Published online Jan 27, 2013. doi: 10.4240/wjgs.v5.i1.1
Revised: December 2, 2012
Accepted: December 20, 2012
Published online: January 27, 2013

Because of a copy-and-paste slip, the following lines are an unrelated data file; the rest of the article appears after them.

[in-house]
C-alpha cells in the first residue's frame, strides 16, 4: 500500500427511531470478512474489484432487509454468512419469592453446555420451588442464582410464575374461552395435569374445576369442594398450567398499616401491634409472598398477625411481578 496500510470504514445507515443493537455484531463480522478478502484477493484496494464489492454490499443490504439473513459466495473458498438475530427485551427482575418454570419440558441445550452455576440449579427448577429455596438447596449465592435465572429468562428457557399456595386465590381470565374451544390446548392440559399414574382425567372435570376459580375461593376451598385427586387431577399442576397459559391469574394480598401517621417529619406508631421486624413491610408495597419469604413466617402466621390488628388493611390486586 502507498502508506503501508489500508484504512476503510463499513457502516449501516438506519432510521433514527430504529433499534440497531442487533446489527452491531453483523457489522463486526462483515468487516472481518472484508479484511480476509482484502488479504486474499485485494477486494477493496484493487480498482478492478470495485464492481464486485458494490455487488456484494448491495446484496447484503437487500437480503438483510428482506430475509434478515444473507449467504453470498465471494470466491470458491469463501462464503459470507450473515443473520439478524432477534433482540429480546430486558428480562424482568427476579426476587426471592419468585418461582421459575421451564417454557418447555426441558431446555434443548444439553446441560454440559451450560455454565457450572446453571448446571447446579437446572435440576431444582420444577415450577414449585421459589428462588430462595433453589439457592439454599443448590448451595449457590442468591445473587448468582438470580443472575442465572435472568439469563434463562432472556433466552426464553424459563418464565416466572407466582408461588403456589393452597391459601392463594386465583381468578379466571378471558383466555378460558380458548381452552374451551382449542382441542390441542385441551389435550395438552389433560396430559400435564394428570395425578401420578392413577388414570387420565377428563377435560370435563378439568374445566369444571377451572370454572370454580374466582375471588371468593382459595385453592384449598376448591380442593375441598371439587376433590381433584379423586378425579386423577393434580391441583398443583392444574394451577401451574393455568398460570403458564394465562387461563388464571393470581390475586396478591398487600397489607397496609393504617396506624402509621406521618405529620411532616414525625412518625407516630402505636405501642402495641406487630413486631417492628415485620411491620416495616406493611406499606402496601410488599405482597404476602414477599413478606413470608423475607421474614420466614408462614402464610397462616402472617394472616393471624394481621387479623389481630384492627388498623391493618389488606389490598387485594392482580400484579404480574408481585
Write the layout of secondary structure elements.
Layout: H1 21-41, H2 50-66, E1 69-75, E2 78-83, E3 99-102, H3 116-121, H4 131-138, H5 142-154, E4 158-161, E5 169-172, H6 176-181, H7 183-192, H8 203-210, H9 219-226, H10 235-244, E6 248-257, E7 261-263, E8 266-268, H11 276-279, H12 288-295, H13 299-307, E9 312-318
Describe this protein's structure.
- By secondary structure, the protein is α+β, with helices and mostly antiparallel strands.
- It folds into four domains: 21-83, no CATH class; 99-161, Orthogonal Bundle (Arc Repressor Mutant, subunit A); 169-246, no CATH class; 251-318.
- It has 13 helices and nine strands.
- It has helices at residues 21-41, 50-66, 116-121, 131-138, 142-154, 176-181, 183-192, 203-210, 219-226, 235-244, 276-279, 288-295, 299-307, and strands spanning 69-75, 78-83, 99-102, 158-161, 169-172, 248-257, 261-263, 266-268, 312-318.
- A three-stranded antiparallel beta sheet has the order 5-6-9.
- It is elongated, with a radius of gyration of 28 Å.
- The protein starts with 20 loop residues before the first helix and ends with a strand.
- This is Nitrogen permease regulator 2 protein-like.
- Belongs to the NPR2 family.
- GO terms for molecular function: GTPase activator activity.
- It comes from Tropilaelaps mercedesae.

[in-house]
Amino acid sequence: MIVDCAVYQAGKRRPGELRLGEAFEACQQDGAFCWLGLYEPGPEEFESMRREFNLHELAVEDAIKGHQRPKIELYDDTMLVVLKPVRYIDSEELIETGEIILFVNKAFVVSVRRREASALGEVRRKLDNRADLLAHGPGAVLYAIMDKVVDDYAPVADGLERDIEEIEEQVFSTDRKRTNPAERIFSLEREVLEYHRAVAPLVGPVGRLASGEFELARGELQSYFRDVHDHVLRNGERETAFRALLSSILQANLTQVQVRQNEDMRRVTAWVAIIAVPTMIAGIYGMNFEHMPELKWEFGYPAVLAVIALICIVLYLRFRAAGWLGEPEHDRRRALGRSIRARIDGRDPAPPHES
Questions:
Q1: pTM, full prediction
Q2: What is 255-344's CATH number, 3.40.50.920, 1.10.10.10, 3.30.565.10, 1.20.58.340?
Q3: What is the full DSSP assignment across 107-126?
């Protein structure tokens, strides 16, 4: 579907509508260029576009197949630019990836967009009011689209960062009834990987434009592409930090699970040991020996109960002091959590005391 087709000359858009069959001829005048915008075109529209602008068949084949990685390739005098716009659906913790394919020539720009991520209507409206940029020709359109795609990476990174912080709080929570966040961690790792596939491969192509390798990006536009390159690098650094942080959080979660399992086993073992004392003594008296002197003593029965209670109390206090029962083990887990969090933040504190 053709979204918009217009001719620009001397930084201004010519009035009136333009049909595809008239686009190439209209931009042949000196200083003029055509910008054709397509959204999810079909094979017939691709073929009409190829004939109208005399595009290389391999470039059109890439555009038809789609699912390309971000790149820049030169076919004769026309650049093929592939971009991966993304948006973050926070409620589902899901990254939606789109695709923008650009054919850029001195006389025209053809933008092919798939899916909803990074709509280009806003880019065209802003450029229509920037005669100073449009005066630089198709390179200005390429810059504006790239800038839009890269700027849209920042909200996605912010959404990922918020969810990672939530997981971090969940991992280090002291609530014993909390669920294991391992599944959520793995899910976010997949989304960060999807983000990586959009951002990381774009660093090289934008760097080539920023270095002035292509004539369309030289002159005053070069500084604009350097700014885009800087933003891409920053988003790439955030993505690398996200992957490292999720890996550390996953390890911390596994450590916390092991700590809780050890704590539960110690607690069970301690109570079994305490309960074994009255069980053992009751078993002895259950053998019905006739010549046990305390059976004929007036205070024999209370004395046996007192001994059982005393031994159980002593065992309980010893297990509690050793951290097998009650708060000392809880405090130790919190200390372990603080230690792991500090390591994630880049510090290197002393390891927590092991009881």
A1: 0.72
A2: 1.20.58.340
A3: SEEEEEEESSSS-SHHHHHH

There is still significant debate regarding the best surgical treatment for malignant left-sided large bowel obstruction. Primary resection and anastomosis offers the advantages of a definite procedure without need for further surgery. Its main disadvantages are related to the increased technical challenge and to the potential higher risk of anastomotic leakage that occurs in the emergency setting. Primary resection with end colostomy (Hartmann’s procedure) is considered the safer option. Tan et al compared in a systematic review and meta-analysis the use of self-expanding metallic stents (SEMS) as a bridge to surgery vs emergency surgery in the management of acute malignant left-sided large bowel obstruction. The authors concluded that the technical and clinical success rates for stenting were lower than expected. SEMS was associated with a high incidence of clinical and silent perforation. Stenting instead of loop colostomy can be recommended only if the appropriate expertise is available in the hospital. The goal of stenting, a decrease of the stoma rate, may be advocated only if the complication rates of stenting are lower than those of stoma creation in the emergency situation. Until now, this was not demonstrated in a prospective randomized trial.